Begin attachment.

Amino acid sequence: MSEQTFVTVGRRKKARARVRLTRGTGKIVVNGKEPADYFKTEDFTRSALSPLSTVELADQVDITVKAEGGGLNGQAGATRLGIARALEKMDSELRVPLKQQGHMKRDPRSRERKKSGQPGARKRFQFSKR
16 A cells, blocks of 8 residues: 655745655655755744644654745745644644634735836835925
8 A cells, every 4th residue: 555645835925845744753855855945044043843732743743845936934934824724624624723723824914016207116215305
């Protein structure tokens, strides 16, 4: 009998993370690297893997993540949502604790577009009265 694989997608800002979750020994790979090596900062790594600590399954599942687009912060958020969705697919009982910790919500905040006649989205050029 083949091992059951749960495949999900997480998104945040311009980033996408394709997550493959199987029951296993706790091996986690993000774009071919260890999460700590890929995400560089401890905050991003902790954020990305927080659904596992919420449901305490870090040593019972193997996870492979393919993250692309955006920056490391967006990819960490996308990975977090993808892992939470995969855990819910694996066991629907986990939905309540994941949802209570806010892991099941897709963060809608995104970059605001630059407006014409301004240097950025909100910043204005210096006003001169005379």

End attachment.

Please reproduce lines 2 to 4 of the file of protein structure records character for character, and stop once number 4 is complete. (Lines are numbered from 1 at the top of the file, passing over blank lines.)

16 A cells, blocks of 8 residues: 655745655655755744644654745745644644634735836835925
8 A cells, every 4th residue: 555645835925845744753855855945044043843732743743845936934934824724624624723723824914016207116215305
């Protein structure tokens, strides 16, 4: 009998993370690297893997993540949502604790577009009265 694989997608800002979750020994790979090596900062790594600590399954599942687009912060958020969705697919009982910790919500905040006649989205050029 083949091992059951749960495949999900997480998104945040311009980033996408394709997550493959199987029951296993706790091996986690993000774009071919260890999460700590890929995400560089401890905050991003902790954020990305927080659904596992919420449901305490870090040593019972193997996870492979393919993250692309955006920056490391967006990819960490996308990975977090993808892992939470995969855990819910694996066991629907986990939905309540994941949802209570806010892991099941897709963060809608995104970059605001630059407006014409301004240097950025909100910043204005210096006003001169005379």